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SAGE Publications, Transcultural Psychiatry, 1(57), p. 108-123, 2019

DOI: 10.1177/1363461519854831



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Using a person-generated mental health outcome measure in large clinical trials in Kenya and Pakistan: Self-perceived problem responses in diverse communities

This paper was not found in any repository, but could be made available legally by the author.
This paper was not found in any repository, but could be made available legally by the author.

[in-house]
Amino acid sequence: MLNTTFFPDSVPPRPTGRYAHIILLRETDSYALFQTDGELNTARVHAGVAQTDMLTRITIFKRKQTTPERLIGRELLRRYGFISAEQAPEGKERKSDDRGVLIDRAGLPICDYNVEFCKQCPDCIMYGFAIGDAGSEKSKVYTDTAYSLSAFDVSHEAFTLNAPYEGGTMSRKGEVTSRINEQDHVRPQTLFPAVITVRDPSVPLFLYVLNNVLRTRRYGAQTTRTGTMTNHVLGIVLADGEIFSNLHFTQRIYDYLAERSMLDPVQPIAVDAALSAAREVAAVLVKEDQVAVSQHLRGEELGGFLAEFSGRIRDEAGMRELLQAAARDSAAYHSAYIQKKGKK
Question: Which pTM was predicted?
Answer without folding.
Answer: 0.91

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Health care should be informed by the physical, socioeconomic, mental, and emotional well-being of the person, and account for social circumstances and culture. Patient-generated outcome measures can contribute positively to mental health research in culturally diverse populations. In this study, we analysed qualitative responses to the Psychological Outcome Profiles (PSYCHLOPS) Questionnaire—a patient-generated outcome measure based on open-ended questions, and compared the qualitative responses gathered to conventional, nomothetic measures used alongside the PSYCHLOPS in two studies. Data were collected as part of outcome research on a psychological intervention in Pakistan ( N = 346) and Kenya ( N = 521). Two researchers coded the qualitative responses to the PSYCHLOPS and identified overarching themes. We compared the overarching themes identified to the items in the conventional, nomothetic outcome measures to investigate conceptual equivalence. Using the PSYCHLOPS, the most frequently reported problems in Kenya were financial constraints, poor health, and unemployment. In Pakistan, the most frequent problems were poor health and emotional problems. Most of the person-generated problem concepts were covered also in nomothetic measures that were part of the same study. However, there was no item equivalence in the nomothetic measures for the most frequent PSYCHLOPS problem cited in both countries. Response bias and measurement bias may not be excluded. More research on the use of PSYCHLOPS alongside conventional outcome measures is needed to further explore the extent to which it may bring added value. Use of a PSYCHLOPS semistructured interview schedule and efforts to minimise response biases should be considered.